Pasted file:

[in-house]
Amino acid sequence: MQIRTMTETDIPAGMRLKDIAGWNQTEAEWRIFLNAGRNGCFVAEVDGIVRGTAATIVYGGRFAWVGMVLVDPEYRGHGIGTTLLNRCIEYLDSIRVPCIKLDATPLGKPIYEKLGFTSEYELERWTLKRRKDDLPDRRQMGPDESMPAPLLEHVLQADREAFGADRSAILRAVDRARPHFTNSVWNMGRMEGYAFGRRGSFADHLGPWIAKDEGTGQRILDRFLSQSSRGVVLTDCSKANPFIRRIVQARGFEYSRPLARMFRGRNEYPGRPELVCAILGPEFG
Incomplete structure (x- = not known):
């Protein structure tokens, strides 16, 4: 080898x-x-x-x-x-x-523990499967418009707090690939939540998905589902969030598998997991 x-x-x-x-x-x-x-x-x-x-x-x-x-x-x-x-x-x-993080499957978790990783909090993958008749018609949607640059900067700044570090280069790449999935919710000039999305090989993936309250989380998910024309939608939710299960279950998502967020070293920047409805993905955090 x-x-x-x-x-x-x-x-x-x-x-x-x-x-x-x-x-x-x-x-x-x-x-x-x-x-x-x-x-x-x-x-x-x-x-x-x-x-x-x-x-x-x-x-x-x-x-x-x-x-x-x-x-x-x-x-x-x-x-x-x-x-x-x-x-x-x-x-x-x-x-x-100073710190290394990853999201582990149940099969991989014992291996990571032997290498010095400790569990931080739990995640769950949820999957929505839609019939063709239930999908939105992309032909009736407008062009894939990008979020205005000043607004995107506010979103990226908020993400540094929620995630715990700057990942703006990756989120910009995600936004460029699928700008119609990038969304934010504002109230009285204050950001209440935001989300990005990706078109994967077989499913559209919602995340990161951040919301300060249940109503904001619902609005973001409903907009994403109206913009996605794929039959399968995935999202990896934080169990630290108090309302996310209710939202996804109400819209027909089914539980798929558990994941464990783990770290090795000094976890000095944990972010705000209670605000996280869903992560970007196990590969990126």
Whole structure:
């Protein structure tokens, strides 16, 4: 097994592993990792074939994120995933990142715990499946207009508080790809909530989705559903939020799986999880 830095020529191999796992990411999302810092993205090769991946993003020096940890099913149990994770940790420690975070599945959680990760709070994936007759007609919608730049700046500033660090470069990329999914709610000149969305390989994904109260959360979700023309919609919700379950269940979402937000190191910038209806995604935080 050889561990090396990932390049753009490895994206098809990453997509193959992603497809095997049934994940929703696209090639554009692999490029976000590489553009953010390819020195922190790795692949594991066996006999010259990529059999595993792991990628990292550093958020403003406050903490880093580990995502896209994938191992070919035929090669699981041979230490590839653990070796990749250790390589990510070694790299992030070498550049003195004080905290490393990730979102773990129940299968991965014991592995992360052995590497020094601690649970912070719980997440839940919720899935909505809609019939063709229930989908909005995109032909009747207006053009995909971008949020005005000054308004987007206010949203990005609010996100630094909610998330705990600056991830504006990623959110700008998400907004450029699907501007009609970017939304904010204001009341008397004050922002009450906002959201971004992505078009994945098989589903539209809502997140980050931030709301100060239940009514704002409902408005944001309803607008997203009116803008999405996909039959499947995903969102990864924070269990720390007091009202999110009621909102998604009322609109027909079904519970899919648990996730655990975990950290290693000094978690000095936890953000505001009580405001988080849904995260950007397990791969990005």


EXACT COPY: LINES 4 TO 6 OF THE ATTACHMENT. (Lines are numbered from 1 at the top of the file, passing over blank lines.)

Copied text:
């Protein structure tokens, strides 16, 4: 080898x-x-x-x-x-x-523990499967418009707090690939939540998905589902969030598998997991 x-x-x-x-x-x-x-x-x-x-x-x-x-x-x-x-x-x-993080499957978790990783909090993958008749018609949607640059900067700044570090280069790449999935919710000039999305090989993936309250989380998910024309939608939710299960279950998502967020070293920047409805993905955090 x-x-x-x-x-x-x-x-x-x-x-x-x-x-x-x-x-x-x-x-x-x-x-x-x-x-x-x-x-x-x-x-x-x-x-x-x-x-x-x-x-x-x-x-x-x-x-x-x-x-x-x-x-x-x-x-x-x-x-x-x-x-x-x-x-x-x-x-x-x-x-x-100073710190290394990853999201582990149940099969991989014992291996990571032997290498010095400790569990931080739990995640769950949820999957929505839609019939063709239930999908939105992309032909009736407008062009894939990008979020205005000043607004995107506010979103990226908020993400540094929620995630715990700057990942703006990756989120910009995600936004460029699928700008119609990038969304934010504002109230009285204050950001209440935001989300990005990706078109994967077989499913559209919602995340990161951040919301300060249940109503904001619902609005973001409903907009994403109206913009996605794929039959399968995935999202990896934080169990630290108090309302996310209710939202996804109400819209027909089914539980798929558990994941464990783990770290090795000094976890000095944990972010705000209670605000996280869903992560970007196990590969990126």
Whole structure:
């Protein structure tokens, strides 16, 4: 097994592993990792074939994120995933990142715990499946207009508080790809909530989705559903939020799986999880 830095020529191999796992990411999302810092993205090769991946993003020096940890099913149990994770940790420690975070599945959680990760709070994936007759007609919608730049700046500033660090470069990329999914709610000149969305390989994904109260959360979700023309919609919700379950269940979402937000190191910038209806995604935080 050889561990090396990932390049753009490895994206098809990453997509193959992603497809095997049934994940929703696209090639554009692999490029976000590489553009953010390819020195922190790795692949594991066996006999010259990529059999595993792991990628990292550093958020403003406050903490880093580990995502896209994938191992070919035929090669699981041979230490590839653990070796990749250790390589990510070694790299992030070498550049003195004080905290490393990730979102773990129940299968991965014991592995992360052995590497020094601690649970912070719980997440839940919720899935909505809609019939063709229930989908909005995109032909009747207006053009995909971008949020005005000054308004987007206010949203990005609010996100630094909610998330705990600056991830504006990623959110700008998400907004450029699907501007009609970017939304904010204001009341008397004050922002009450906002959201971004992505078009994945098989589903539209809502997140980050931030709301100060239940009514704002409902408005944001309803607008997203009116803008999405996909039959499947995903969102990864924070269990720390007091009202999110009621909102998604009322609109027909079904519970899919648990996730655990975990950290290693000094978690000095936890953000505001009580405001988080849904995260950007397990791969990005």